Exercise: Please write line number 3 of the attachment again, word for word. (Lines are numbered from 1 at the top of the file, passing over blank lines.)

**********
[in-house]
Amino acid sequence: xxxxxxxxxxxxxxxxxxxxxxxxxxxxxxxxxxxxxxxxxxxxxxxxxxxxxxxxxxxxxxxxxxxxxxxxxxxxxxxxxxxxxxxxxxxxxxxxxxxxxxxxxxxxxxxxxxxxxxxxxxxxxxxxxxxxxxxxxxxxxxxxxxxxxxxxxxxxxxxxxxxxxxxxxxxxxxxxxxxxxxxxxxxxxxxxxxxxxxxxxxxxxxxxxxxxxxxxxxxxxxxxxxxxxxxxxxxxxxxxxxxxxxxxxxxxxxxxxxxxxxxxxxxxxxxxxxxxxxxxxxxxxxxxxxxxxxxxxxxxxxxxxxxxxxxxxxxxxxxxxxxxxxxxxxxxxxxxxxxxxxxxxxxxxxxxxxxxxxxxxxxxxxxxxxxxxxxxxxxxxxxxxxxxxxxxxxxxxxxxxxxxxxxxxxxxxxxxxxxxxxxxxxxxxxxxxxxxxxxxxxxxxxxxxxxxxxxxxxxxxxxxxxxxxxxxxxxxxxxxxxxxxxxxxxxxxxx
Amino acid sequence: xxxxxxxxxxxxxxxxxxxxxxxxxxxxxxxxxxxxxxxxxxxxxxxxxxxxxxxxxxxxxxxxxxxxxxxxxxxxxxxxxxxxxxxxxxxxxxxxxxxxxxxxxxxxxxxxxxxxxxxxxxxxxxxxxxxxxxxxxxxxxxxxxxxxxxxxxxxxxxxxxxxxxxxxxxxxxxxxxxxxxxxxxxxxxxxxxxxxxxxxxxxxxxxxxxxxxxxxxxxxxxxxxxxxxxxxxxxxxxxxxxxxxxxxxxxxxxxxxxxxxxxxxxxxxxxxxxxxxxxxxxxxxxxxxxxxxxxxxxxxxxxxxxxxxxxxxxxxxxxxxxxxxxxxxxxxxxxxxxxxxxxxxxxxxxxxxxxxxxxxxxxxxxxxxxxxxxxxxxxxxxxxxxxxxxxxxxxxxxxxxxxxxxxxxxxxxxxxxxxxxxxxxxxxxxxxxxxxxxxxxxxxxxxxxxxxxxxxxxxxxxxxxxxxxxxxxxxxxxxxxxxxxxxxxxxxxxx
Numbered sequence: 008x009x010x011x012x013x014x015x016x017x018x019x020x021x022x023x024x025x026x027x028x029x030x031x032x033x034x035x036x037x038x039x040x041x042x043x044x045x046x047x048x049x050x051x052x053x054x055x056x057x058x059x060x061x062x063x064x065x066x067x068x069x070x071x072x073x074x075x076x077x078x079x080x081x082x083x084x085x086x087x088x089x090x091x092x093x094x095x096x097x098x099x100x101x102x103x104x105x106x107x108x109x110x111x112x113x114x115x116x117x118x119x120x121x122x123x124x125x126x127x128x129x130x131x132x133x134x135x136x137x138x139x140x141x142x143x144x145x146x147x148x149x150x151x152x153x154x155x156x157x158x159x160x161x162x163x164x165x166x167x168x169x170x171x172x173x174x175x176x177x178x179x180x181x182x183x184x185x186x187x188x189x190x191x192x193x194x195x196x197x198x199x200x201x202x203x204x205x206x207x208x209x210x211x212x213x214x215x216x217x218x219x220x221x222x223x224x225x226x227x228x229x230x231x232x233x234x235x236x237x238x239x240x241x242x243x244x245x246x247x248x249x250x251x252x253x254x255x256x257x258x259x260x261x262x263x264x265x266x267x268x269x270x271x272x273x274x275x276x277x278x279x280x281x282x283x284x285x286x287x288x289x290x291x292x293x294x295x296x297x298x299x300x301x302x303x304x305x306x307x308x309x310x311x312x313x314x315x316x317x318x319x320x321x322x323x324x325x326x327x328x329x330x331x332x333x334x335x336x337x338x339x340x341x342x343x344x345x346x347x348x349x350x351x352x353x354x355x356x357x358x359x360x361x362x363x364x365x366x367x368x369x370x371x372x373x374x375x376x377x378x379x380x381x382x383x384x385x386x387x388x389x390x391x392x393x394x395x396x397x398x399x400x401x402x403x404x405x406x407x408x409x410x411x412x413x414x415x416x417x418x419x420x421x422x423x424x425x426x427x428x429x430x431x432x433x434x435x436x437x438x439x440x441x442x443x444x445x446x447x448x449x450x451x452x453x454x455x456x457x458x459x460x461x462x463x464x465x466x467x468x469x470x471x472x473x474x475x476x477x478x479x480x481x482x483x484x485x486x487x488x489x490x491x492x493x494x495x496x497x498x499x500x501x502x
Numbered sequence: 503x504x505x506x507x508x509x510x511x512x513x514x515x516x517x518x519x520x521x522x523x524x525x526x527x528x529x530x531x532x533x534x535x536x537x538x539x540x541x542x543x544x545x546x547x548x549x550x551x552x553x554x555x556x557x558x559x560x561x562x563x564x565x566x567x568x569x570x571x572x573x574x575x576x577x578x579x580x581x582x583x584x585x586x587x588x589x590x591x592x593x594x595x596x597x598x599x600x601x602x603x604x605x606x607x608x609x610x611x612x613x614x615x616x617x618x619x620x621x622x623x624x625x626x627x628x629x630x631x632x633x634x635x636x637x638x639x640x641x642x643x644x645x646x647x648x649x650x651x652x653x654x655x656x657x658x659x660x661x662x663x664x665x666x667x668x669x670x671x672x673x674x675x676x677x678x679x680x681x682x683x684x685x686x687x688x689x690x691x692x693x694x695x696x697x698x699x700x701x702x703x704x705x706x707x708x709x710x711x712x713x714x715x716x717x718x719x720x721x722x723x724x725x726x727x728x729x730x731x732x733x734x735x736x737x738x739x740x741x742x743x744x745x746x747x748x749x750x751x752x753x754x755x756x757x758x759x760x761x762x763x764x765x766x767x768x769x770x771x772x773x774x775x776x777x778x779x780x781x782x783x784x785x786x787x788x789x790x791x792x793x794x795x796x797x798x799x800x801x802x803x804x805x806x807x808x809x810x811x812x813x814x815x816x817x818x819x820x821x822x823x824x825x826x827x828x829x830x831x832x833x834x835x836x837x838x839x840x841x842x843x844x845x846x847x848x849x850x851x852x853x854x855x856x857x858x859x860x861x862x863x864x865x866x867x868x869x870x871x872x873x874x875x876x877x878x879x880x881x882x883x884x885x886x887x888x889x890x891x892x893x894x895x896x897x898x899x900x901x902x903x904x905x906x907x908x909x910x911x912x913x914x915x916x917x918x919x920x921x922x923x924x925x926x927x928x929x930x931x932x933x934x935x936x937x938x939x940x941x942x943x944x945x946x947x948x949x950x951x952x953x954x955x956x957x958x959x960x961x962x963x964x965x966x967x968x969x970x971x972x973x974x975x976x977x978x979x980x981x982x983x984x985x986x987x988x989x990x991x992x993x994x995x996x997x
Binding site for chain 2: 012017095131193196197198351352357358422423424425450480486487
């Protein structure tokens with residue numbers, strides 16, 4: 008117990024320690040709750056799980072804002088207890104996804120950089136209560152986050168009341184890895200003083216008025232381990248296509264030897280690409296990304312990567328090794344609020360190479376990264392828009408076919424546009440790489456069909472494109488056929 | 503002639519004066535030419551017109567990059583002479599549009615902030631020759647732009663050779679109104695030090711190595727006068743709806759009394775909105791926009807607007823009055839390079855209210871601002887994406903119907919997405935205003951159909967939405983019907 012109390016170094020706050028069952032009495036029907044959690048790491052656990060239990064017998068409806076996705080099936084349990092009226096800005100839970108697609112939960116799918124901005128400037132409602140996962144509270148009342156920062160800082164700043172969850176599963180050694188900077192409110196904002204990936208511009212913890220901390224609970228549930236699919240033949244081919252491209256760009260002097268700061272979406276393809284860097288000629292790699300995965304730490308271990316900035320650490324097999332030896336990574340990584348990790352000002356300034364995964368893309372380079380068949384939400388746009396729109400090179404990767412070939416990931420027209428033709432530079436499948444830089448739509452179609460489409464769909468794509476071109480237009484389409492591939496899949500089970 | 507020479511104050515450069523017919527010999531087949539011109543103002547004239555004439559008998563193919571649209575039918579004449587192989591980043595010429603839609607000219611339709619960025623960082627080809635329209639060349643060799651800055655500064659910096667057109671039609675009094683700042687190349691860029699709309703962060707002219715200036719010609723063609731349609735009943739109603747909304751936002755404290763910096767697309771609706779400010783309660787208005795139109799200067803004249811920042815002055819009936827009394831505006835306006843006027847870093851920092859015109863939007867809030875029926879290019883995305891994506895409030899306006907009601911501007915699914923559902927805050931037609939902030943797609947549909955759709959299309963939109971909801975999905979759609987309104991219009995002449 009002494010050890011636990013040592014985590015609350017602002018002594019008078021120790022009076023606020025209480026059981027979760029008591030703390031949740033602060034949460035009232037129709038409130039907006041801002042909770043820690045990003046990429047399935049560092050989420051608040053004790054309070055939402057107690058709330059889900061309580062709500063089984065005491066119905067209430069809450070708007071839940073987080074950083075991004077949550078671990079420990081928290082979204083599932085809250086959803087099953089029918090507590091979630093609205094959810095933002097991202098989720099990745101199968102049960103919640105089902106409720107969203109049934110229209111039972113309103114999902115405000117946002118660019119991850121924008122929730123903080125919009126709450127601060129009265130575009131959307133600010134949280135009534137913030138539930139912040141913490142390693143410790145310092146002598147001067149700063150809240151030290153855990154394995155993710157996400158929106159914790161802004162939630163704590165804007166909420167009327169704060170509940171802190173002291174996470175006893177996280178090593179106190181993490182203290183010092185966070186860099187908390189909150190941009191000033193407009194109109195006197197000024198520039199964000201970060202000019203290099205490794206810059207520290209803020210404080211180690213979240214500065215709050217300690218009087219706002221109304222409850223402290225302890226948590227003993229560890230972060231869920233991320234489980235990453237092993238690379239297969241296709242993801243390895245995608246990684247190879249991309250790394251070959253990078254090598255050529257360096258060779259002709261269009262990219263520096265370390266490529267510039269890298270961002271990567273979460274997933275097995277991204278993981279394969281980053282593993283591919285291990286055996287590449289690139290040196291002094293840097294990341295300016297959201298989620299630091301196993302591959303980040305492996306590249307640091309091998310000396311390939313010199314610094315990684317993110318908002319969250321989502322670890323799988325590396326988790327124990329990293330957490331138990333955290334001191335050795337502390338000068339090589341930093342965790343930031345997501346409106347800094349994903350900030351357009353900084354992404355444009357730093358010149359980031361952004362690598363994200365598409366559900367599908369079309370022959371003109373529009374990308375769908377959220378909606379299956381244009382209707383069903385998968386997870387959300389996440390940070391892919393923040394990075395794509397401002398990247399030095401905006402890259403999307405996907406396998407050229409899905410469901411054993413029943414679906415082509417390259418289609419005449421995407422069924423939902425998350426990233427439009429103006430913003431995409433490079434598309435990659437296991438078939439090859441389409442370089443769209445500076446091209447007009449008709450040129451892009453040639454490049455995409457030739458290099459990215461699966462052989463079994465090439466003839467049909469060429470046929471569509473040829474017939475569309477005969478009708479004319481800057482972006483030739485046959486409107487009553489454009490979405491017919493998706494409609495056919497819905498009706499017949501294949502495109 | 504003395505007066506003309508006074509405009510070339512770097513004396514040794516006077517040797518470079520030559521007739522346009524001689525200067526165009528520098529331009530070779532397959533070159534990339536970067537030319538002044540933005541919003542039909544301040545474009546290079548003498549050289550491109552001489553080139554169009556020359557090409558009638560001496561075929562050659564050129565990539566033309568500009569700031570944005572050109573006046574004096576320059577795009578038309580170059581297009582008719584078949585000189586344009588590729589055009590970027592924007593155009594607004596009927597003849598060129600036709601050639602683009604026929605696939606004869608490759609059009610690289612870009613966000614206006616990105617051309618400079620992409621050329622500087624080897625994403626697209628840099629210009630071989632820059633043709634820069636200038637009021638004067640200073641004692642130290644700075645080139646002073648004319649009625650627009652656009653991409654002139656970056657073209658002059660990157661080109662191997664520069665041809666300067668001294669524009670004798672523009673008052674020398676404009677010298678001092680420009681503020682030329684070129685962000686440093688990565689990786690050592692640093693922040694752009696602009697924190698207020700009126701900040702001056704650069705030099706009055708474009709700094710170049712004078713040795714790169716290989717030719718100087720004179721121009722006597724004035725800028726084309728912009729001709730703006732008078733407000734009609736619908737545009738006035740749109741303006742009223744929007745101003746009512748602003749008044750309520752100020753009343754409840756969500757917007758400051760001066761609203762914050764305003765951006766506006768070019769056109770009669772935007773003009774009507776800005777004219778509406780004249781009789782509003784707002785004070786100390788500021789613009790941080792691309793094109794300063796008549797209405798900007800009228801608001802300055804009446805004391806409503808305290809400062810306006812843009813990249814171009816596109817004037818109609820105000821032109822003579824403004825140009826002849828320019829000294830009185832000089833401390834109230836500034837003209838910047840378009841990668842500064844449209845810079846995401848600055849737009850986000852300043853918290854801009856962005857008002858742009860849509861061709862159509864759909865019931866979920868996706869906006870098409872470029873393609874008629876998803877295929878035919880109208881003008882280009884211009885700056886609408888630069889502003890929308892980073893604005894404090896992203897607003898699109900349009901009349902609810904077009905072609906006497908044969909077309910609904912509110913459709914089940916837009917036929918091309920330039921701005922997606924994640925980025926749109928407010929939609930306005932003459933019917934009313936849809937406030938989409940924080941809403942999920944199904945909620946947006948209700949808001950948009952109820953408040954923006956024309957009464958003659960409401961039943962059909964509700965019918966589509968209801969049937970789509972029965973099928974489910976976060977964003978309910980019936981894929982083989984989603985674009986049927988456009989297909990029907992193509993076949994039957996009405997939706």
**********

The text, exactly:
Amino acid sequence: xxxxxxxxxxxxxxxxxxxxxxxxxxxxxxxxxxxxxxxxxxxxxxxxxxxxxxxxxxxxxxxxxxxxxxxxxxxxxxxxxxxxxxxxxxxxxxxxxxxxxxxxxxxxxxxxxxxxxxxxxxxxxxxxxxxxxxxxxxxxxxxxxxxxxxxxxxxxxxxxxxxxxxxxxxxxxxxxxxxxxxxxxxxxxxxxxxxxxxxxxxxxxxxxxxxxxxxxxxxxxxxxxxxxxxxxxxxxxxxxxxxxxxxxxxxxxxxxxxxxxxxxxxxxxxxxxxxxxxxxxxxxxxxxxxxxxxxxxxxxxxxxxxxxxxxxxxxxxxxxxxxxxxxxxxxxxxxxxxxxxxxxxxxxxxxxxxxxxxxxxxxxxxxxxxxxxxxxxxxxxxxxxxxxxxxxxxxxxxxxxxxxxxxxxxxxxxxxxxxxxxxxxxxxxxxxxxxxxxxxxxxxxxxxxxxxxxxxxxxxxxxxxxxxxxxxxxxxxxxxxxxxxxxxxxxxxxx